Monday, 10 May 2010
FILM REVIEW: LETTERS TO JULIET
Out May 13
Amanda Seyfried seems to have a penchant for letter writing. Either that or her agent does. In 2008's Mamma Mia! she played Meryl Streep's fatherless daughter who mailed letters to the three men she believed may be her dad, thus sparking the ensuing musical mayhem. And in this year's Dear John, she maintained a correspondence with her soldier beau (Channing Tatum). Now in Letters To Juliet, she is again at the mercy of paper and pen.
Sophie (Seyfried) is a fact checker for The New Yorker but really wants to be a writer. She heads to Verona, Italy with her fiance, Victor (Gael Garcia Bernal), for a pre-honeymoon vacation (as you do!). But Victor's a budding restaurateur, so spends most of the trip sourcing wine and food. He's a selfish, boorish prat so Sophie should be thankful for all the time she gets alone; there's no discernable reason why she would be marrying Victor, other than that he looks like Gael Garcia Bernal.
In her alone time, Sophie discovers a local tradition where heartbroken women leave letters to Juliet (of Shakespeare's Romeo et al) and a group of local women who reply to them. Upon finding a letter written 50 years ago from a young English girl, Sophie writes to her and within days the now 60-ish Clare (Vanessa Redgrave) arrives in Verona to track down Lorenzo Bartolini, the young Italian man she loved but abandoned half a century ago. Sophie thinks this will make for an excellent story and joins in the search.
But Clare is escorted by her grandson, Charlie (former Home And Away star Christopher Egan), who thinks his grandmother's trip is pure folly and directs his anger at Sophie. Charlie's a grade-A jerk so, of course, the pair will eventually find each other attractive and, inevitably, there will come a point where Sophie will have to choose between the least offensive of the two men.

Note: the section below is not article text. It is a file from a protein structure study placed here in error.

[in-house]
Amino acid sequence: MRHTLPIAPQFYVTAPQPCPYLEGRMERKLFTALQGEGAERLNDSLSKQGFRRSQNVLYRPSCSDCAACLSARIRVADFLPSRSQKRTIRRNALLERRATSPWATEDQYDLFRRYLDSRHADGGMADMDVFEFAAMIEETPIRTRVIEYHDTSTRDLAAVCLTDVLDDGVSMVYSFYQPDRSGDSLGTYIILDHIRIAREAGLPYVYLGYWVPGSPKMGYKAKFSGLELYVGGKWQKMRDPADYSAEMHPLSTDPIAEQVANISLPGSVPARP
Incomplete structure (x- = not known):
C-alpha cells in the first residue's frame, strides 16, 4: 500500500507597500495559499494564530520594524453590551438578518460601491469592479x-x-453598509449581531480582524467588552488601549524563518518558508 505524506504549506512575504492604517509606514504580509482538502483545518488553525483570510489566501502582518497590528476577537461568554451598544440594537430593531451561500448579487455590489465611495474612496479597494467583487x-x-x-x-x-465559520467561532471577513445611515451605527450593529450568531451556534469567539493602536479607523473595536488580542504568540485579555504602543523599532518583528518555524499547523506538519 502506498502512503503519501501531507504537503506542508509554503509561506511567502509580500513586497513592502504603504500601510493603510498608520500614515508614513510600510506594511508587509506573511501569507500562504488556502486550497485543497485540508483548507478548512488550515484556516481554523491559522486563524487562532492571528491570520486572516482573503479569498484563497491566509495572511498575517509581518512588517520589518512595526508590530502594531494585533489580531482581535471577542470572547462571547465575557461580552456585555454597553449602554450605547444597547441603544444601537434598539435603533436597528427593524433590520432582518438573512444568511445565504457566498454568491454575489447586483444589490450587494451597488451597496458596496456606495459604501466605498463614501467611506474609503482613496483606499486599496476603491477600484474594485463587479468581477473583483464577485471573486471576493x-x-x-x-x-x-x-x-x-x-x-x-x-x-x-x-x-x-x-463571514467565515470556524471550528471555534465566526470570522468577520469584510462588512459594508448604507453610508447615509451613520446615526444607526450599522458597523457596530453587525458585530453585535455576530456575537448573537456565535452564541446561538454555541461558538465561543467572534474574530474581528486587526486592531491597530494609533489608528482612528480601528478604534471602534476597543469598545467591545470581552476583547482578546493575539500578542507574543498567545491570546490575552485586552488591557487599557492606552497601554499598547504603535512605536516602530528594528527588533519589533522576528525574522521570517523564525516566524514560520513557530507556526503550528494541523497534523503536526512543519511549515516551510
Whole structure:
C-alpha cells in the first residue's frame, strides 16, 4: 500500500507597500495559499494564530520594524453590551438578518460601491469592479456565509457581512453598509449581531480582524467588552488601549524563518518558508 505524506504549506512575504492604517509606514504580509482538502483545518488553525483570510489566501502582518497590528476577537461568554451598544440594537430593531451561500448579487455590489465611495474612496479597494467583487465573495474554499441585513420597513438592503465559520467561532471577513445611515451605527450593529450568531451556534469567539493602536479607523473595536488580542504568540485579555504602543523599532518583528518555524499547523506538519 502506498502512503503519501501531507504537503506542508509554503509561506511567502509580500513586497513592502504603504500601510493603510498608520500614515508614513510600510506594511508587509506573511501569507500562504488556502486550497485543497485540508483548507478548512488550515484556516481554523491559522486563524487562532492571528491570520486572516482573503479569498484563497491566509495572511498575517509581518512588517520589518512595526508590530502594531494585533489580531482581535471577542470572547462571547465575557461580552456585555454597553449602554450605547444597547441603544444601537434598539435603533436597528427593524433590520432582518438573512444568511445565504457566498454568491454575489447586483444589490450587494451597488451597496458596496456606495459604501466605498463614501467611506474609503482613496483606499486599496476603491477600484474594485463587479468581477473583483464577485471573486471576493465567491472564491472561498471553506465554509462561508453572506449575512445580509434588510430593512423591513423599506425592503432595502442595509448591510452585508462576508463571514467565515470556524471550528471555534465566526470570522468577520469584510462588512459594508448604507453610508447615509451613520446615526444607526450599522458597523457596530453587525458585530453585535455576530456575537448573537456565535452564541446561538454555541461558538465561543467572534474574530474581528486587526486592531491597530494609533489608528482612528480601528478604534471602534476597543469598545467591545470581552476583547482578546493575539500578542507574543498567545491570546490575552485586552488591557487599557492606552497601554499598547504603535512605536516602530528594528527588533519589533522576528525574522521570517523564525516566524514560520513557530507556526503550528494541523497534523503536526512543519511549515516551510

But until that predictable denouement we are kept involved by Clare's search for lost love, thanks to the grace and dignity Redgrave brings to the role. Her real life husband, Italian actor Franco Nero, also makes an appearance, and it is these segments of the film which are, much to my surprise, quite affecting.
Sophie's story arc is less involving and one has to feel sorry for Seyfried. The talented young actress (she also appears on TV's Big Love) doesn't embarrass herself in her first lead role but she's not given a lot to work with either.
On the flipside, she had the opportunity to work with Redgrave. Add this to working opposite Streep, and Julianne Moore in the upcoming Chloe, and she's receiving the perfect apprenticeship. I guess her agent's not doing such a bad job after all.